The human heart IS a pump. In fact, it is a double pump.
A mechanical pump takes in a substance, usually water, in one end and pushes it out a different end for the purpose of moving the water out of one area and into another. In a boat, for example, there is always a pump to remove excess water from the bottom area of the boat and pump it back out into a lake or the ocean so that the boat functions more efficiently and maintains its buoyancy.
The idea here is that the pump sucks the water from one area and dumps it into another area.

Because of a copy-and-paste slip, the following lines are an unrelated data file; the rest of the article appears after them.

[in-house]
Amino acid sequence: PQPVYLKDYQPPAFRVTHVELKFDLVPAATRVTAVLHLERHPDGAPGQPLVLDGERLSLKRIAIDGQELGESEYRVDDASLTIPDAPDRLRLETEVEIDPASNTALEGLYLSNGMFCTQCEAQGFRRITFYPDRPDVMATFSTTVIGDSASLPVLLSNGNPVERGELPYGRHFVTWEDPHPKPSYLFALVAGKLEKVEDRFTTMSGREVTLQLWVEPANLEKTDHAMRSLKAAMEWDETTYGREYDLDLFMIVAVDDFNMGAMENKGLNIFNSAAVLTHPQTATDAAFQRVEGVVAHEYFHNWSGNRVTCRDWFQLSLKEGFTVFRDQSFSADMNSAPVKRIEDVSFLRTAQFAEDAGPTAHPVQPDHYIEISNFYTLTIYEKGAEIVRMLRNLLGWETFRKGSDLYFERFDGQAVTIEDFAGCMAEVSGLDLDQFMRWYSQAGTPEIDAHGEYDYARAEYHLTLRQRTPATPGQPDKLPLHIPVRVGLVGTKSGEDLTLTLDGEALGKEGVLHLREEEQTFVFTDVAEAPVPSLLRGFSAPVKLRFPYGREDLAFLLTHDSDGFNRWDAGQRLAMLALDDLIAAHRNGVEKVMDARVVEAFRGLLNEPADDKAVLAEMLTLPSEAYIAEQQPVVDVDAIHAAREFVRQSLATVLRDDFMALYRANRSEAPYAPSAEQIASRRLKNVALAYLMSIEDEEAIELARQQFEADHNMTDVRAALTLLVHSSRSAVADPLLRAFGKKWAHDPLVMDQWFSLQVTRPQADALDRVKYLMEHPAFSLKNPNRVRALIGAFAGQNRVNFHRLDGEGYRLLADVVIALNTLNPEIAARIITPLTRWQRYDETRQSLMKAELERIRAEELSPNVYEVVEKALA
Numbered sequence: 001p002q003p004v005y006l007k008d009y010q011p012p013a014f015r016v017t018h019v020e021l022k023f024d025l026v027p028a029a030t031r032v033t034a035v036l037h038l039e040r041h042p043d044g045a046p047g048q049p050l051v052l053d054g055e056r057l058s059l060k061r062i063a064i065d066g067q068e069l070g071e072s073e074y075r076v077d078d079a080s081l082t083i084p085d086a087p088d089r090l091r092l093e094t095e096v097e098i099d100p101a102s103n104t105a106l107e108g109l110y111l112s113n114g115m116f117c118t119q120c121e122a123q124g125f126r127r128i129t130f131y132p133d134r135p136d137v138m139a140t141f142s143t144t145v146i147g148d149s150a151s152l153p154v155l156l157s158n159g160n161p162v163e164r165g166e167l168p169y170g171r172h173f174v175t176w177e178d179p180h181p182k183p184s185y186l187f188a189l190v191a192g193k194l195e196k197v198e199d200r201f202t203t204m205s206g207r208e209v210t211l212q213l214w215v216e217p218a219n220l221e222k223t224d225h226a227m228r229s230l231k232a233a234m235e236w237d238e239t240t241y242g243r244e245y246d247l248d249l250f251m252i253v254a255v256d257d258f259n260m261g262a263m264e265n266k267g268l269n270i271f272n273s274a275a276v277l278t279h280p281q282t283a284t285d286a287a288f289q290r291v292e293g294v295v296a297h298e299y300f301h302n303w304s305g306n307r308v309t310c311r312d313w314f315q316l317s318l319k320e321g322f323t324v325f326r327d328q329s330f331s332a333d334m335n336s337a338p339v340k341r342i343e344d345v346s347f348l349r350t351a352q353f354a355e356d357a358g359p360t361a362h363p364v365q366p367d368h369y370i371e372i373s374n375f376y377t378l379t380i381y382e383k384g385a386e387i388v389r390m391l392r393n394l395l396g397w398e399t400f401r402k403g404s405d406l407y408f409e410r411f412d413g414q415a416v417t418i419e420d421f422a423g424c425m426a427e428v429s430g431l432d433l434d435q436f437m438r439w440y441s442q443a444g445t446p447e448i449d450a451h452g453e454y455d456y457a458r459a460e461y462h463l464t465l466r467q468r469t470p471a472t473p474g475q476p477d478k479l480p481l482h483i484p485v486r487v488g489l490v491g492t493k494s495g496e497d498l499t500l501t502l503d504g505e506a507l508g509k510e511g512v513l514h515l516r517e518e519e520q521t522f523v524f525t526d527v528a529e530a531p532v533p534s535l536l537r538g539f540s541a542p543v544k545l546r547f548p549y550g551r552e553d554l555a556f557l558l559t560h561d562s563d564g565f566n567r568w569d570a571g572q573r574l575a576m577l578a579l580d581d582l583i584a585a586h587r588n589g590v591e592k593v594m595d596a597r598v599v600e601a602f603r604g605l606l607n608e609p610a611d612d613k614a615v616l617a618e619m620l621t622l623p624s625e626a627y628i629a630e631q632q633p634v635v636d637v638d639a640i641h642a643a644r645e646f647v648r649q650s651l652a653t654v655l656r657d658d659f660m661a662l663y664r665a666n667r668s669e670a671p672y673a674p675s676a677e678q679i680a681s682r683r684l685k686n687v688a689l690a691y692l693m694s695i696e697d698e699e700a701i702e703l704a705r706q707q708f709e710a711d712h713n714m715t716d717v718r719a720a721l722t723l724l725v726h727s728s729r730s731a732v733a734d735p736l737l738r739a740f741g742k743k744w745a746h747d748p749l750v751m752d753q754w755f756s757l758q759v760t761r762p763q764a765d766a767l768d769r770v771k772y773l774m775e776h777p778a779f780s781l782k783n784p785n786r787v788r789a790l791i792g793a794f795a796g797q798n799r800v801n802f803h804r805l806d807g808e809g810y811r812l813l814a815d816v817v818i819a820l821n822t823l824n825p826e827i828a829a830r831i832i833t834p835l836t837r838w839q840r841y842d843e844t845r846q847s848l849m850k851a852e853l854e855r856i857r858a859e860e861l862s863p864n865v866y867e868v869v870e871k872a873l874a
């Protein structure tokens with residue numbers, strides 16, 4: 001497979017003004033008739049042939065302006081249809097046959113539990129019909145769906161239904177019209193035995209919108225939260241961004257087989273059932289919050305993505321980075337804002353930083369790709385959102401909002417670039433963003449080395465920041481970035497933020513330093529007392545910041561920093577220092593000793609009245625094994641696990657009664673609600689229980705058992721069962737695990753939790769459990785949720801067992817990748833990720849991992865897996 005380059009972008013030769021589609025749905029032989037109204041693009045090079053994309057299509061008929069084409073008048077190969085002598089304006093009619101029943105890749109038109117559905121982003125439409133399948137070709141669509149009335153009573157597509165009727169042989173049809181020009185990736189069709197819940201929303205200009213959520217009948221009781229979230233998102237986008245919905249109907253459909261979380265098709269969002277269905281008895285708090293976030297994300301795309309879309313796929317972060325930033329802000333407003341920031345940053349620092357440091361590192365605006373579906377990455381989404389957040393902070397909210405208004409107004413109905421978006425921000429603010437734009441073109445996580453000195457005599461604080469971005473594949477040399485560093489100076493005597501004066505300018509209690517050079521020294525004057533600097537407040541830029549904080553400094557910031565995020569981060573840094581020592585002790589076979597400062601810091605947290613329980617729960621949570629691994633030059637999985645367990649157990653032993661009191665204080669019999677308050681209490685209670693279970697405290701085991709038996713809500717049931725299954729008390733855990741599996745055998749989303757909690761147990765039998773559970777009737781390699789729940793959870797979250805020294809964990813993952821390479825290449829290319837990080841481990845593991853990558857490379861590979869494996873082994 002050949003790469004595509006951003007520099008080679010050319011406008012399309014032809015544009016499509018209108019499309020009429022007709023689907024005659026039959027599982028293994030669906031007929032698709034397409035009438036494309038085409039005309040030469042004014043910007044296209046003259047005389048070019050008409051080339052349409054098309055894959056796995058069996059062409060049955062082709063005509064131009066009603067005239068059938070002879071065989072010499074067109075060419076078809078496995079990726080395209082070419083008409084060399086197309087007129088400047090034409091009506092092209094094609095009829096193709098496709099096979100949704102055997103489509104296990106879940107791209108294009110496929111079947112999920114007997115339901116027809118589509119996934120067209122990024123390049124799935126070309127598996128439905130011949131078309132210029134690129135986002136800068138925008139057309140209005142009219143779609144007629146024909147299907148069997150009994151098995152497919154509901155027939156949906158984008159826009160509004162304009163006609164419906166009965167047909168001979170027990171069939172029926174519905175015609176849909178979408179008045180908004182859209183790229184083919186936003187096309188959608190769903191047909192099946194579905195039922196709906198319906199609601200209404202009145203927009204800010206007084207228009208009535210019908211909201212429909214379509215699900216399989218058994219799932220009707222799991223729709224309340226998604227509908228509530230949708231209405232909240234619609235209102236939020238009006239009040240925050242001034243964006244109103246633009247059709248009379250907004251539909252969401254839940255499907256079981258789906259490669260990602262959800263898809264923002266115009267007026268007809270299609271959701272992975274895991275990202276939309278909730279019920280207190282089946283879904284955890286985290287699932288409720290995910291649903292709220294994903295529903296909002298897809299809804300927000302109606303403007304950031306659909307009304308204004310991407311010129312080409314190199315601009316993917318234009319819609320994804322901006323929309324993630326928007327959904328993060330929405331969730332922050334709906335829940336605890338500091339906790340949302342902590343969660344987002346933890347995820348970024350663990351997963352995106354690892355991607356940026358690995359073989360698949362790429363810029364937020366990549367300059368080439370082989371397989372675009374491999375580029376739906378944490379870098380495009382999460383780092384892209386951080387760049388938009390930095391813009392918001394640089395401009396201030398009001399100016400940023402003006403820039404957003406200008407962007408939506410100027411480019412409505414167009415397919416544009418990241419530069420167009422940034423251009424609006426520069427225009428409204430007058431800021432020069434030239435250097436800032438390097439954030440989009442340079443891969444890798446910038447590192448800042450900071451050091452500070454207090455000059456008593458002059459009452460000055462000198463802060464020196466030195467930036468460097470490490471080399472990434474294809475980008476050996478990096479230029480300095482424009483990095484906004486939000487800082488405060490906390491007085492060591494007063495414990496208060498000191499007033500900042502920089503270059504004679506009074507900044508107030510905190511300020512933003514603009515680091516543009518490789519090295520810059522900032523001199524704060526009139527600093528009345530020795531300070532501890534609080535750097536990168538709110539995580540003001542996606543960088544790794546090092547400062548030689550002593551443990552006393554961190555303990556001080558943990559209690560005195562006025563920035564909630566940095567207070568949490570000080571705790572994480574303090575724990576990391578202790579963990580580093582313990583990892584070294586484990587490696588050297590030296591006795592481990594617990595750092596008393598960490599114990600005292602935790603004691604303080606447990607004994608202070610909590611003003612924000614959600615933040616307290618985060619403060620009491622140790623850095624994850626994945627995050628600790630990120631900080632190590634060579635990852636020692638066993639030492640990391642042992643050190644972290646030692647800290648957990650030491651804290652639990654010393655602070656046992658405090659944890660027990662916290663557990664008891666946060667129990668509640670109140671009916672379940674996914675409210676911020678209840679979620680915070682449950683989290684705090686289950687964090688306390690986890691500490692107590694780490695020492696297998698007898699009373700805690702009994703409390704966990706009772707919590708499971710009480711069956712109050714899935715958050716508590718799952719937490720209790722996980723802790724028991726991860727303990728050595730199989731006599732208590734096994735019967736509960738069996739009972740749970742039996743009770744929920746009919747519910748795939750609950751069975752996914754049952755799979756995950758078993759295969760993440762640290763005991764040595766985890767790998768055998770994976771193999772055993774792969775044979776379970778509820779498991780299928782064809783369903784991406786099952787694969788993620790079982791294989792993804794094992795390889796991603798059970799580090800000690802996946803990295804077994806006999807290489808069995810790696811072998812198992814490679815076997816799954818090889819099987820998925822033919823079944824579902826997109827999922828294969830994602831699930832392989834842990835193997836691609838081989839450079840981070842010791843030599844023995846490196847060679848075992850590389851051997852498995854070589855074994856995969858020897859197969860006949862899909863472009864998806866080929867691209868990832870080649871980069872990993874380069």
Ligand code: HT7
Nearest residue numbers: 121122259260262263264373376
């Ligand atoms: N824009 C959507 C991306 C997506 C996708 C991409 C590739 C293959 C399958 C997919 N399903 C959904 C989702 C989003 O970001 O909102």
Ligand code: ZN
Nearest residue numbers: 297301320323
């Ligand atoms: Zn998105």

The heart does the same thing. Incoming blood from the body enters the heart in the right and left atria. The atria contract, forcing the blood into the right and left ventricles. That forces the blood towards either the lungs (right ventricle) or out to the body (left ventricle). As with a mechanical pump, blood is moved from the veins (incoming blood) and out to either the lungs to pick up oxygen and get rid of carbon dioxide, or out to the body to send the oxygenated blood out to nourish the cells of the body.
The blood is moved from one area and sent to another (sucked in from the veins, pushed out through the pulmonary arteries or aorta), just as water is moved from one area to another by a mechanical pump.